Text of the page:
Awareness starts with an understanding of self. Self-awareness and your sense of personal identity are essential to engage meaningfully in work. Writing in “Collaboration Overload” for Harvard Business Review, researchers Rob Cross, Reb Rebele, and Adam Grant identified an increase of 50% or more in collaborative activities at work over the past two decades. Their conclusion: Work is now conclusively a social act. Awareness is both self and social awareness as well as market awareness. When the pace of change was slower and, as a result, business models lasted longer, one could successful hold a job without fully understanding the business model of the entity for which they engaged. No longer. Pivoting from one business model to the next is simply part of work and, as a result, we all need to understand both how our organizations create value and how we, as individuals, contribute to that value creation. Self-awareness and market awareness may be the most important and difficult to master aspects of the agile mindset.
Agile Mindset in Action
Search-engine giant Google set out to discover what made for a high-performing team, hoping they might even be able to create an algorithm to optimize future teams. What they found surprised them. The researchers originally thought that the best teams would be those comprised of the most outstanding individuals. Instead, they learned that “who is on a team matters much less than how team members interact, structure their work, and view their contributions.”
To perform well in the collaborative workplace, then, we need the high levels of self-awareness that enable us to productively contribute in teams.
We also need great situational or market awareness. You will no longer have a job processing just a piece of work; you will need to know how that work fits into the broader organization, from product through business model. You will need to understand how your organization creates and captures value, and how your activities contribute to that value creation. If you understand this and can continually learn and adapt to contribute meaningfully to that value creation, you will never have to look for a job because you will continually make opportunities happen for yourself.
The Enablers: Uniquely Human Skills
What many people describe—and often discount—as soft skills are the uniquely human skills that are the positive enablers throughout your life and work. These good human skills make life and work far easier. From collaboration, empathy, and social skills to entrepreneurial skills, these social competencies are less vulnerable to being displaced by AI and automation.”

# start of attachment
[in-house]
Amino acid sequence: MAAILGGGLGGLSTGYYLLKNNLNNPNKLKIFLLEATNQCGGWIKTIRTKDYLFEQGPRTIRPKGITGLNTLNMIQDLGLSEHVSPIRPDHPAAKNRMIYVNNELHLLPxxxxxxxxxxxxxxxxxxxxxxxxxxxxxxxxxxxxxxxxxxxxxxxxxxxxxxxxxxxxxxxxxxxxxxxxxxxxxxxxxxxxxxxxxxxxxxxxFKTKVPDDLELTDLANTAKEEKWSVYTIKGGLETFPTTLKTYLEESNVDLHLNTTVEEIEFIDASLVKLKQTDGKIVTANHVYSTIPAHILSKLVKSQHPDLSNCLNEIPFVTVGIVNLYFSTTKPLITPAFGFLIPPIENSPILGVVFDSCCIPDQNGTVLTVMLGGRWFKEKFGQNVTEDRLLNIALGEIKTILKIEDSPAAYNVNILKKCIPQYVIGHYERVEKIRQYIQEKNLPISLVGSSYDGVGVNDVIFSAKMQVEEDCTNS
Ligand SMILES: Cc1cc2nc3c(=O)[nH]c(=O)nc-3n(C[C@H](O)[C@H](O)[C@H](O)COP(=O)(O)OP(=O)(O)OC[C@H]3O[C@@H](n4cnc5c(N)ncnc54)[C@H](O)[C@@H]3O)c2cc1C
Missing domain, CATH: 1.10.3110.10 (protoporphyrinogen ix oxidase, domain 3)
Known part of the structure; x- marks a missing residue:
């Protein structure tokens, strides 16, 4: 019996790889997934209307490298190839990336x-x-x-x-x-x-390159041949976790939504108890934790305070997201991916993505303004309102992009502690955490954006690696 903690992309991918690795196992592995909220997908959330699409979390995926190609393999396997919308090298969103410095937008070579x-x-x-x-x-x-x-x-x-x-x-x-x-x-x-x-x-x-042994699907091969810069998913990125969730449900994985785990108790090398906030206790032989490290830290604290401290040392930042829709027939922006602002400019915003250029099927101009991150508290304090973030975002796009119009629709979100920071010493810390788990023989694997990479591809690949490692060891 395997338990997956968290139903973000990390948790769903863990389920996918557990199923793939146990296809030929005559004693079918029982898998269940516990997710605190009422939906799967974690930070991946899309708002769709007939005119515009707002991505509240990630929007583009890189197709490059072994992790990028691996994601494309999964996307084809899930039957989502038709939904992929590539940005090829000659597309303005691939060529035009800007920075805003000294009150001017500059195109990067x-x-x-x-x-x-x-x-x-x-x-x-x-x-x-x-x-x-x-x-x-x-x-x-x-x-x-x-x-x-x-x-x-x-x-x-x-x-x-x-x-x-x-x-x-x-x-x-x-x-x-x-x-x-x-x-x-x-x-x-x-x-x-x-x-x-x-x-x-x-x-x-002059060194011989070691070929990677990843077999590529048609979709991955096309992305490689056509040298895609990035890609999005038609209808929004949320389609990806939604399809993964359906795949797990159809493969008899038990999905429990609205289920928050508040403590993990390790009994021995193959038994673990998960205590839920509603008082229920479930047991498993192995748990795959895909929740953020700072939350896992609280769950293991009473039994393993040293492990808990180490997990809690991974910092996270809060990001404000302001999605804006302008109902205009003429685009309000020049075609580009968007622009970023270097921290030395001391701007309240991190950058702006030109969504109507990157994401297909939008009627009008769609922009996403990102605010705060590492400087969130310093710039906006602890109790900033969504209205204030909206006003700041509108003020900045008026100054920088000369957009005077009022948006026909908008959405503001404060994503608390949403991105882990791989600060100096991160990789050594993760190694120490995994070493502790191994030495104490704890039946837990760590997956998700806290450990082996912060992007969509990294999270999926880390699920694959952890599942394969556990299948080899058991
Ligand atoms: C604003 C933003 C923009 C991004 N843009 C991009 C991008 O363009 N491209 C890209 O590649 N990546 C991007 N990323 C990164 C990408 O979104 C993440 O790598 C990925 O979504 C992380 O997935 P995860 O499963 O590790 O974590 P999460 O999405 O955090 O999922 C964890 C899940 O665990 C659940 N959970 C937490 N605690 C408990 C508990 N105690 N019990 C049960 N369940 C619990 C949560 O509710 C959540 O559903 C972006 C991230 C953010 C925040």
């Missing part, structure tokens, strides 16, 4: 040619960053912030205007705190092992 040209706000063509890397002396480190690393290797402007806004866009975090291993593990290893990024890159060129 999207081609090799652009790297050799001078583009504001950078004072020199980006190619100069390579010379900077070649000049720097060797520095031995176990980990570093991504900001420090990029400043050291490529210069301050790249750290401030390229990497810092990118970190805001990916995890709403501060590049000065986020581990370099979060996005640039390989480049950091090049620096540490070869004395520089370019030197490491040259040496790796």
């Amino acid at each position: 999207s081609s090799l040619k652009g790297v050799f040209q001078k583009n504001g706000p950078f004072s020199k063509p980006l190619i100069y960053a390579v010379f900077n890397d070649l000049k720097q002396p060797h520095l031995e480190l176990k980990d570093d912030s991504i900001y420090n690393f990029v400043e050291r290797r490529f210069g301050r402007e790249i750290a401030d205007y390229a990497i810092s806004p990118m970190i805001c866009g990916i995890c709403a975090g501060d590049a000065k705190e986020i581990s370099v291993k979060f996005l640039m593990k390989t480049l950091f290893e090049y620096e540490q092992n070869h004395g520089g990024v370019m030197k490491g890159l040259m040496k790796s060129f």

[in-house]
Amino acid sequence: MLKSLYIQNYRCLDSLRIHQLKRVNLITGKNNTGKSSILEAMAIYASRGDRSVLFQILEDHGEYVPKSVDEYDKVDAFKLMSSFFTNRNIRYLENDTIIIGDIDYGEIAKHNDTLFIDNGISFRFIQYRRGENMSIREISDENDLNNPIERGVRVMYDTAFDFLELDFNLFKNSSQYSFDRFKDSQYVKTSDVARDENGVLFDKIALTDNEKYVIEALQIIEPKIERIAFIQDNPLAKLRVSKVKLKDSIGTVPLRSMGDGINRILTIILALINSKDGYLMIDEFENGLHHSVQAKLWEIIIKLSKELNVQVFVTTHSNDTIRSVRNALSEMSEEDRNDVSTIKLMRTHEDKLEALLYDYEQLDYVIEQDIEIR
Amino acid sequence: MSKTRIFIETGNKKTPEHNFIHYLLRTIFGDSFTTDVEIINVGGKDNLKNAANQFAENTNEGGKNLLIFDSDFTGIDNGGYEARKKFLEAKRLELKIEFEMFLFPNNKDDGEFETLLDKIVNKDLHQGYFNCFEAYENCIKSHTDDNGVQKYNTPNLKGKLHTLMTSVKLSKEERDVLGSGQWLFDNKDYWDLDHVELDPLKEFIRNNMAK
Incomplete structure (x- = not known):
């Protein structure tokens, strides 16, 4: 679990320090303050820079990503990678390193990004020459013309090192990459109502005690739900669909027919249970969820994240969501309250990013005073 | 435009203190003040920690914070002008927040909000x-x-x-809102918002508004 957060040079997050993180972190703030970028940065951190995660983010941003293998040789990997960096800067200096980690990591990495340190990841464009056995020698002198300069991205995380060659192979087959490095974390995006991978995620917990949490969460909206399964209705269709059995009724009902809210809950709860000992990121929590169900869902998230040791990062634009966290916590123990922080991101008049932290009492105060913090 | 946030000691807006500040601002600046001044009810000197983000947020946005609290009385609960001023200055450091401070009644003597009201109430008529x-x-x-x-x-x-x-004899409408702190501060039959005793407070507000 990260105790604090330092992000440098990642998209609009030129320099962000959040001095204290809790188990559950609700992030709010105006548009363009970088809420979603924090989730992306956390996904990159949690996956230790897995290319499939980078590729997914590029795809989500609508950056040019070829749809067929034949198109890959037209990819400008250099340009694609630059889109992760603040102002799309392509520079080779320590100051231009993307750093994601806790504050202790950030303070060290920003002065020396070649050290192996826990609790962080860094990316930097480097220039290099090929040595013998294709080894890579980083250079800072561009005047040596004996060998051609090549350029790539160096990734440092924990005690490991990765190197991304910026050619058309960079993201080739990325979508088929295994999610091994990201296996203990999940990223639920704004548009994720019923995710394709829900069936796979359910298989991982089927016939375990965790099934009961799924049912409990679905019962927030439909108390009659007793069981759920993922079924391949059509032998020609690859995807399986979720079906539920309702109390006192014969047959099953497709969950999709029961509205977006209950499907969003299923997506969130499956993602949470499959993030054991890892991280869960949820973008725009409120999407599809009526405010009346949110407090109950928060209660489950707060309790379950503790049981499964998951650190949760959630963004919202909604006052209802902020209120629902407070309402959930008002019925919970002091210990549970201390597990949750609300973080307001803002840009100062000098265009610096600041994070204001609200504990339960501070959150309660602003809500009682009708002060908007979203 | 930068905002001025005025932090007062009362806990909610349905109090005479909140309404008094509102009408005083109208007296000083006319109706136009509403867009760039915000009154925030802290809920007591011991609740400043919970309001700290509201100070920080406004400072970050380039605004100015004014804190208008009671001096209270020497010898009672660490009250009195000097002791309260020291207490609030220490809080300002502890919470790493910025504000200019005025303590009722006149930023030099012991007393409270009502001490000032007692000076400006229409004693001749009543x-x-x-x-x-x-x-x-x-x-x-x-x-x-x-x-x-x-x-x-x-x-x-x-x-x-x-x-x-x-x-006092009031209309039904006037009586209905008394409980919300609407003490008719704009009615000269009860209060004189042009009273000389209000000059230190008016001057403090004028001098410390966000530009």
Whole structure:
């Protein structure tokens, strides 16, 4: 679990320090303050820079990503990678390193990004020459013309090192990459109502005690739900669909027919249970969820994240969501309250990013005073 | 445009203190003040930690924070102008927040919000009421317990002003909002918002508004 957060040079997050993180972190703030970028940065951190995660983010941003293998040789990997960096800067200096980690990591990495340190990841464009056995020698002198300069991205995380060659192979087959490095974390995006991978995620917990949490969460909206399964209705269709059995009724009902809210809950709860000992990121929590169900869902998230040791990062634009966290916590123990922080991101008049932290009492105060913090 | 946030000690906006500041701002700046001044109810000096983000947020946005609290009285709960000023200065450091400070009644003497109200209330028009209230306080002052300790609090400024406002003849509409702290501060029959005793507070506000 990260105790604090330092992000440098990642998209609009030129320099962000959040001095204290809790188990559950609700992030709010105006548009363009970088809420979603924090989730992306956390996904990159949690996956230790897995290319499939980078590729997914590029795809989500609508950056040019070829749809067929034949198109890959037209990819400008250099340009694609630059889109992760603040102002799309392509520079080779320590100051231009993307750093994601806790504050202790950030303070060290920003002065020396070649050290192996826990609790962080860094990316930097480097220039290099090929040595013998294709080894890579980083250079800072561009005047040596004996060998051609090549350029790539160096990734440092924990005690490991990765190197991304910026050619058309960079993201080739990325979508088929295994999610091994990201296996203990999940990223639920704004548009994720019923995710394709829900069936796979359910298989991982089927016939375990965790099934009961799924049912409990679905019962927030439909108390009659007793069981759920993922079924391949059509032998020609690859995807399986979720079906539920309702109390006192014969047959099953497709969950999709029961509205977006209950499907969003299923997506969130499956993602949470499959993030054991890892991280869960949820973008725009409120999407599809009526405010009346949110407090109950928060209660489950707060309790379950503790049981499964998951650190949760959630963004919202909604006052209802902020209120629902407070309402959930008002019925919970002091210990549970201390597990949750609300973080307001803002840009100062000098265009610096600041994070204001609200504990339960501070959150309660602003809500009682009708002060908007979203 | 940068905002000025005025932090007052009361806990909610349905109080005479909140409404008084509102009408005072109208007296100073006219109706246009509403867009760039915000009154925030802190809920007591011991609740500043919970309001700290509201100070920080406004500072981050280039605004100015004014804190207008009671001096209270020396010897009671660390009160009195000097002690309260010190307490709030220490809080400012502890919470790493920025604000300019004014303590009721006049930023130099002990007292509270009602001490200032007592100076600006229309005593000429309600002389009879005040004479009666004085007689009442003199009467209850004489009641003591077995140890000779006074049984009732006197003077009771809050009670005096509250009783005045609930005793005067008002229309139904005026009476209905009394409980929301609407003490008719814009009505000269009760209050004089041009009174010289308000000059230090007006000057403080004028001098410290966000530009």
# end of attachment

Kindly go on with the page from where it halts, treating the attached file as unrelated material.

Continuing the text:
Organizations from the World Economic Forum to the Institute for the Future enumerate these skills and their value in the future of work. Ultimately, these skills all center on social and emotional intelligence, creativity, communication, judgment, sensemaking, and empathy. And they are all fundamental to the adaptation advantage. We place these skills at the waterline in the Iceberg Model because while they are sometimes evident and explicit on the job, they are also quite often the invisible enablers of your best work.
Both PricewaterhouseCoopers Annual CEO surveys and IBM Institute for Business Ventures Global Surveys are finding that the social or behavioral skills gap is now greater than the technical skills gap. Specifically, the IBM surveys saw a shift in concern about a shortage of technical skills in 2016 to worry about a lack of social skills in 2018. The number-one skill in demand? Adaptability.
ABL: Always Be Learning
In the cult classic film Glengarry Glen Ross, Alec Baldwin exhorts his salesmen to “always be closing.” In today’s world of work, we think organizations should “always be learning” because, as business theorist Arie de Geus and Peter Senge both said, “The ability to learn faster than your competitors may be the only sustainable competitive advantage.
Heather E. McGowan, Future-of-work strategist